How one architecture start-up with a novel business plan is giving away plans for LEED-certified homes for free-and heading towards profitability.
Architects often say that architecture influences everyone-which makes being an architect sound like an excellent soapbox, if your goal is bringing about change. Pity that the idea's a fairytale. For example: houses. A mere 5 percent of all homes have an architect involved in their building. When they met several years ago as students, David Wax and Ben Uyeda were both intrigued at the prospect of bringing green design to the masses. So they aimed at a sleepy, but large market: Stock house plans, which are behind 30 percent of all the houses built.Where most stock plans cost upwards of $2,000, Free Green
, the company that Wax and Uyeda created, offers plans at one low, low price: $0. Each set of plans comes with a checklist of features which qualify the house for LEED certification. Already, the site's 8,500 users have downloaded 22,000 plans, making Free Green perhaps the most widely distributed designer of housing plans. There are currently 25 to 50 housing starts underway, and many more influenced. By comparison, even the most popular prefab green homes might sell only a couple dozen copies. Thanks to an unusual ad model, Free Green will be profitable as early as 2010. (More on that below.)Uyeda and Wax think of design in an unusual way, and the rationale behind Free Green reflects that. "Housing design has a 50 percent black market," says Wax, who was an MBA student at Cornell when he met Uyeda, then a graduate student in architecture. He points out that in 2006, 200,ooo housing plans were sold, but 400,000 were actually used-meaning that the plans get passed between developers, families, and all points in between. If that's the case, giving away plans is just acknowledging the way the market already works. "Design isn't a service or a product," adds Uyeda. "It's a medium." Which is to say, it's like television or newspapers, which reach peak influence when they become ubiquitous. Architecture usually works the opposite way: The best design goes to high-end clients that pay richly for the privilege; The prizes go to one-off projects.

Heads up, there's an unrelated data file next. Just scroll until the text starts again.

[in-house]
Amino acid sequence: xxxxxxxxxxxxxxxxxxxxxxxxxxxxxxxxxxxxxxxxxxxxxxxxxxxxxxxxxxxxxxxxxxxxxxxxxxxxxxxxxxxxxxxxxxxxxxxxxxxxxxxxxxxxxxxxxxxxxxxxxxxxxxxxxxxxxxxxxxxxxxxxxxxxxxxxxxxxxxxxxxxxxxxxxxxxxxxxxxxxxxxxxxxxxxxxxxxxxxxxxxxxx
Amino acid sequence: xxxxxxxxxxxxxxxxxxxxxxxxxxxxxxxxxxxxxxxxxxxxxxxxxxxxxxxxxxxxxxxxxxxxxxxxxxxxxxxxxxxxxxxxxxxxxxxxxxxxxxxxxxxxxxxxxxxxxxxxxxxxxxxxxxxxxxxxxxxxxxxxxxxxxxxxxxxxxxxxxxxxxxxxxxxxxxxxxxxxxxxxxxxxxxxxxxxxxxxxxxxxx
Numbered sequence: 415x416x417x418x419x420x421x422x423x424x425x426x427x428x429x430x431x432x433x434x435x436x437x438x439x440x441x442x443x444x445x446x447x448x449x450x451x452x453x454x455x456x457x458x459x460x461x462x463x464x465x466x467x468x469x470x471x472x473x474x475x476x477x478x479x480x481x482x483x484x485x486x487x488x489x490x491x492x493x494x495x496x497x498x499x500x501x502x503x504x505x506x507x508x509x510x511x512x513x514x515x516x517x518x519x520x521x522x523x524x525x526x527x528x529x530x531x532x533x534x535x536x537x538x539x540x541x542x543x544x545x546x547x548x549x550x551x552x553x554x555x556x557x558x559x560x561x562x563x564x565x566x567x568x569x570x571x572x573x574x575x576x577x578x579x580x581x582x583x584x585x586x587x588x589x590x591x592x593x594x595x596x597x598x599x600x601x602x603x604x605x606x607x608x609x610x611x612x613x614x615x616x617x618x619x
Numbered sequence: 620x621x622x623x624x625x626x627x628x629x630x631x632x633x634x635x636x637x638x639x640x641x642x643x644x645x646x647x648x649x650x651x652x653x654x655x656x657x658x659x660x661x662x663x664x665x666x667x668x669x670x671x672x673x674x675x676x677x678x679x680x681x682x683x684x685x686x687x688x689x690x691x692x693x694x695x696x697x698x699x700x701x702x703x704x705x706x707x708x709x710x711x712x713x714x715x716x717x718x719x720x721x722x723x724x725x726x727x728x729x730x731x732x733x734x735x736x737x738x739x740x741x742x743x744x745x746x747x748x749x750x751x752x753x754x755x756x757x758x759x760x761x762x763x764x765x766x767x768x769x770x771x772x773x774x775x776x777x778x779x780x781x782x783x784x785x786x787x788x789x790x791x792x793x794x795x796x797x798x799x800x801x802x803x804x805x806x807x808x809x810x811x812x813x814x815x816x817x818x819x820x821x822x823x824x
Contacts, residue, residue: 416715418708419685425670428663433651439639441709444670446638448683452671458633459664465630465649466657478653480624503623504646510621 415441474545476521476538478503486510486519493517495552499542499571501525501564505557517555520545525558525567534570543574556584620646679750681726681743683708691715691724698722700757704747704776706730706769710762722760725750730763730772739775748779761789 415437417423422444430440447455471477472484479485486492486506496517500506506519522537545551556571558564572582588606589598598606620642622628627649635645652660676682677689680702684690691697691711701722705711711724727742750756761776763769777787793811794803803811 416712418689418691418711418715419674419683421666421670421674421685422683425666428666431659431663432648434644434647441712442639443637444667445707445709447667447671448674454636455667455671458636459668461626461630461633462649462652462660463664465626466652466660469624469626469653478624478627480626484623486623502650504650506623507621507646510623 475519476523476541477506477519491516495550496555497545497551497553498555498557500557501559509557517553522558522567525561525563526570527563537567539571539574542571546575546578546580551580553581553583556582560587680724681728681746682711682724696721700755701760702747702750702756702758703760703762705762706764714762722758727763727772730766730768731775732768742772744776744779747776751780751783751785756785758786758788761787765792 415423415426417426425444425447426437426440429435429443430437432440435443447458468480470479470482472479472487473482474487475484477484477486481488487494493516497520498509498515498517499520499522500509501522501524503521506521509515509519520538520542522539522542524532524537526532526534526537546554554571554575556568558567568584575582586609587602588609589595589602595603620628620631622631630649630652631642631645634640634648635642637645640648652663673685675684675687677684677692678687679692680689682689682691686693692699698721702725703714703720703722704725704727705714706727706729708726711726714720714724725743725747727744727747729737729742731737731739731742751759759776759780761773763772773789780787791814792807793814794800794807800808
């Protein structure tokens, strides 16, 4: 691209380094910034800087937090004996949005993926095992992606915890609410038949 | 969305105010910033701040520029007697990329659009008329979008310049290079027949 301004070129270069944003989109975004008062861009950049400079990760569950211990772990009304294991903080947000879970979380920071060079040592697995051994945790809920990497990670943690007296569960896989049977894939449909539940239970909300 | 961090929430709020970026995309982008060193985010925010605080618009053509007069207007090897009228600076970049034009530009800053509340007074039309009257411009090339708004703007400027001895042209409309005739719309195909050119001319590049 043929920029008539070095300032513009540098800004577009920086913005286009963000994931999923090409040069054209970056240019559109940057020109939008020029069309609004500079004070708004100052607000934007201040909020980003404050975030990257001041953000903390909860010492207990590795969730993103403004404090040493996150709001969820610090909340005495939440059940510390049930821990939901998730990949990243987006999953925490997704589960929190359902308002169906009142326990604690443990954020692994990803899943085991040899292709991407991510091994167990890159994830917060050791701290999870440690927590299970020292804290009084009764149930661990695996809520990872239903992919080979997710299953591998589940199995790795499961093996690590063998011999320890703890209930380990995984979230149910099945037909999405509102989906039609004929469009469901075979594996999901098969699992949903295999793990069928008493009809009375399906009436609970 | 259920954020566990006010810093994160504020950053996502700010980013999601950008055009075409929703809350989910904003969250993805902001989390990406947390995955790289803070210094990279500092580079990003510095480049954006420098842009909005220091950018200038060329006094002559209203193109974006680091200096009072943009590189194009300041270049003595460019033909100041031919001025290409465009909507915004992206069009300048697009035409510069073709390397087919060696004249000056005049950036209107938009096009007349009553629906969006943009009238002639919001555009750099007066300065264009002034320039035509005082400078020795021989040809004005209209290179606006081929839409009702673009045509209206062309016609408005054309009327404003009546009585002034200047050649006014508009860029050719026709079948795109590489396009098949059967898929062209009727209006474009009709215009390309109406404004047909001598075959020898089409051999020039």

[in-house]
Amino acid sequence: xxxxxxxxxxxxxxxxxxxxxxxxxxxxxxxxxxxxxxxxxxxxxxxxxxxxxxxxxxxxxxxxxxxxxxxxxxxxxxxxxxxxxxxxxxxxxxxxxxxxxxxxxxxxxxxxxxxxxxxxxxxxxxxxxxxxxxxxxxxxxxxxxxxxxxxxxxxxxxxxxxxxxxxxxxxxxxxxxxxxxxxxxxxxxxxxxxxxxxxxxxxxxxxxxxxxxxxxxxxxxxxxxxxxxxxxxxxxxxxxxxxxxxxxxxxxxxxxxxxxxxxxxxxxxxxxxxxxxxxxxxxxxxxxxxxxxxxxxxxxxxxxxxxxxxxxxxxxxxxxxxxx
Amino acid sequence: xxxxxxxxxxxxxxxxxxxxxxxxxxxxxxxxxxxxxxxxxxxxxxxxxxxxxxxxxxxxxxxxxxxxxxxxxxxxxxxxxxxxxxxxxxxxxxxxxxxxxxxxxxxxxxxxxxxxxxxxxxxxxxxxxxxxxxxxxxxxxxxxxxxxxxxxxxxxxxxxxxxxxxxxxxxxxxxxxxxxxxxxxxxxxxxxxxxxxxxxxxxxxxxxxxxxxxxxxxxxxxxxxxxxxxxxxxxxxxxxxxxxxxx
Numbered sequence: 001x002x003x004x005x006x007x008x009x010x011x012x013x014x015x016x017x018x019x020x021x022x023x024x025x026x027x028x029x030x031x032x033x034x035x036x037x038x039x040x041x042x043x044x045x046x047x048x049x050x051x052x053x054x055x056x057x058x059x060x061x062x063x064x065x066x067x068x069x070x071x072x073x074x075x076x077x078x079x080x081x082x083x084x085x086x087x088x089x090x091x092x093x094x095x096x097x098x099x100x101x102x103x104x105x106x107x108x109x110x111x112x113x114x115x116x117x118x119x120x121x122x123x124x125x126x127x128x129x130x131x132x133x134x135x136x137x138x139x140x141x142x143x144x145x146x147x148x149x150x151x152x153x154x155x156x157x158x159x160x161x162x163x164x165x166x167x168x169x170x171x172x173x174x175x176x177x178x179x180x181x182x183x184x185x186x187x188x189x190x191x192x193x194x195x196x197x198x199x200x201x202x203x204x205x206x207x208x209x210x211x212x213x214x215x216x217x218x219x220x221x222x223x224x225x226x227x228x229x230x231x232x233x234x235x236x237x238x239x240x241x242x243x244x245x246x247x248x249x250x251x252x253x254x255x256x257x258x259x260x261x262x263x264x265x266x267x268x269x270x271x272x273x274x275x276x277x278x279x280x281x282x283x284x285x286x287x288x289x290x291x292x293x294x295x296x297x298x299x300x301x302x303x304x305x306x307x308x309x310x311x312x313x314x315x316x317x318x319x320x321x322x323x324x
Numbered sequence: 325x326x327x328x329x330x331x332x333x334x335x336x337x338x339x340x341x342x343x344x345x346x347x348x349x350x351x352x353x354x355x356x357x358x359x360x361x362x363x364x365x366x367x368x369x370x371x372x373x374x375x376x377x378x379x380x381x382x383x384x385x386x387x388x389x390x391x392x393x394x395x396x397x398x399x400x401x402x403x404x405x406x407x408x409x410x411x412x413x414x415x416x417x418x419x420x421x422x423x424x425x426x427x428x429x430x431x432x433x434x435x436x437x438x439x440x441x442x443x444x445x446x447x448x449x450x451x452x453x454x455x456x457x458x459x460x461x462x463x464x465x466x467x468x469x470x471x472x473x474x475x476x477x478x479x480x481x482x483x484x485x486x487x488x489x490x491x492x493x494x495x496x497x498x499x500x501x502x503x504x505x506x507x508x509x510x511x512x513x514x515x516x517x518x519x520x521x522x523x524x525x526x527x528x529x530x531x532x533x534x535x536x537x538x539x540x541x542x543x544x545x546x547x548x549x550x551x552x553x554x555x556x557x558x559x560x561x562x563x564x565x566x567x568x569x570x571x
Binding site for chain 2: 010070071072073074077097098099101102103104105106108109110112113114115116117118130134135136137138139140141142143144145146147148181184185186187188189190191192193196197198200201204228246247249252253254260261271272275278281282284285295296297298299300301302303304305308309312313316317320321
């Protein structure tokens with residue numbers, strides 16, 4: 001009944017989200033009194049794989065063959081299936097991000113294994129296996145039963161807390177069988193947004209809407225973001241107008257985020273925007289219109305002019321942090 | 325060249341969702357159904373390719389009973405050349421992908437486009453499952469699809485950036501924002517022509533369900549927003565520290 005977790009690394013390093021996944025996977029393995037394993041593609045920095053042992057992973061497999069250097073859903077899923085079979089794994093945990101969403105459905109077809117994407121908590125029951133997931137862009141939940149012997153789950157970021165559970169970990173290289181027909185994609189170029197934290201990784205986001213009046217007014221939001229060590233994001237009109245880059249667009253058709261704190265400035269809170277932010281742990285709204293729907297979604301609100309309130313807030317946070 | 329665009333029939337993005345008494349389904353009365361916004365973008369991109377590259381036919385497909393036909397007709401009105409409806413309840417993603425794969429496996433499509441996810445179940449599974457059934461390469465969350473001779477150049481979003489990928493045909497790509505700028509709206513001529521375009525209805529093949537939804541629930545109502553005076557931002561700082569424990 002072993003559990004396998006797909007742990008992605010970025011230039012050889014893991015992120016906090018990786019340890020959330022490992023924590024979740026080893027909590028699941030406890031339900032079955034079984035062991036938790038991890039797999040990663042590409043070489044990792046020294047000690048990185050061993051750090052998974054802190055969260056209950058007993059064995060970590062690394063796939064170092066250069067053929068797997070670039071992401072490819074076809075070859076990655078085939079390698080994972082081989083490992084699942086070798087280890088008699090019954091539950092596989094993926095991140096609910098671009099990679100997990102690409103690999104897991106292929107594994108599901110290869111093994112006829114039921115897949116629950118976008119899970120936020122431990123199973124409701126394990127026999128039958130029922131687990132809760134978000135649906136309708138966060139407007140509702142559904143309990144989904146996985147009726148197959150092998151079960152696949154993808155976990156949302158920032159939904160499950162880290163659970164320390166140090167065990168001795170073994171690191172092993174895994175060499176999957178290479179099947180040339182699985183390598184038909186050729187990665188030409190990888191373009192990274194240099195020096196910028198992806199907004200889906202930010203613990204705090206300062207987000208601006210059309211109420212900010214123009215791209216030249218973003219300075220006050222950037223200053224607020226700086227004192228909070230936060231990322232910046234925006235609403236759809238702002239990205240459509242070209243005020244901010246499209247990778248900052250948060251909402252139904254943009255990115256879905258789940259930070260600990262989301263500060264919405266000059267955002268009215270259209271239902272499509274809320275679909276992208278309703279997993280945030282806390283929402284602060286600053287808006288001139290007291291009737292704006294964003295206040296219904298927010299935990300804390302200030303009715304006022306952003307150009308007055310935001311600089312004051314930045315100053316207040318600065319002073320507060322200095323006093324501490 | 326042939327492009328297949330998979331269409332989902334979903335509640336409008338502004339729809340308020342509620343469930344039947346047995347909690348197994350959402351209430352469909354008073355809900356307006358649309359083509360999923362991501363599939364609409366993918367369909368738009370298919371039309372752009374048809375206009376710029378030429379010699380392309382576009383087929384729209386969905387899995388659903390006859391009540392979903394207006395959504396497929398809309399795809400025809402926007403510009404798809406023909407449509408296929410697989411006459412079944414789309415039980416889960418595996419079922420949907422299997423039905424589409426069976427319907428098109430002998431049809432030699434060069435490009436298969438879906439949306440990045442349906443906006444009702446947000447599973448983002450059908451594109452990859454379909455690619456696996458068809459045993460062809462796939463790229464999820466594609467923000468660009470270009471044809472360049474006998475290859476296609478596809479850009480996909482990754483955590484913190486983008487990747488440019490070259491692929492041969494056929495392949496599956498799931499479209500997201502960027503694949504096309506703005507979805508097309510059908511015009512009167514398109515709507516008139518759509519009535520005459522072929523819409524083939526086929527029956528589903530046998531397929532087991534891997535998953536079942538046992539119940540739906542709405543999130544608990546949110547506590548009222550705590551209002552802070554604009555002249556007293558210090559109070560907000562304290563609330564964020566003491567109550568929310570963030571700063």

Instead, users can remix Free Green's plans however they see fit. On the site, green features such as better insulation are offered with all the blanks filled in, from what to buy to where to install it. In turn, those features are presented in novel, consumer-friendly terms, showing, for example, that specific improvements that might add $50 a month to a mortgage will return $100 a month in reduced utility bills. The point, for Uyeda and Wax, is to distribute green design wherever there's demand-slashing the $20,000 it typically costs to source and design a carbon-light home, while breaking down the long-term economics into common-sense morsels.Which brings us to their unusual ad model: Rather than posting banner ads on their site, they make paid product endorsements, both on the site, in a list of recommended products, and on the plans themselves. "The banner ad model has failed," Wax explains. "And no one has ever looked at the house plan as a form of media."In retrospect, that's mystifying. Most ads try to reach people by brute force: Since you can never know who is planning on buying something, you better reach as many people as possible. But housing plans are perhaps the last thing a contractor or homebuyer sees before buying the raw materials for a house. An endorsement there-from what spray foam to use, or what countertops to buy-has a good chance of affecting a purchase. And the typical custom home costs $200,000 to $300,000 to build.That point might raise alarms: Might Free Green, even unwittingly, become an avenue for greenwashing, by promoting dodgy products that aren't green at all? The site has a series of checks in place, to prevent that from happening: The products all have to meet third-party building standards, such as LEED, and they're vetted by Free Green as well-they've already turned down advertisers whose products don't pass muster. Any products that affect the energy performance of a house are included in the savings models that users see online. "Our sponsors will meet the projections that the customer sees on our site," says Wax.Product placement isn't new, but we're bound to see it evolve, as advertisers struggle to reach buyers. Once the model gets reinvented, it'll support all kinds of previously impossible things-such as affordable green housing.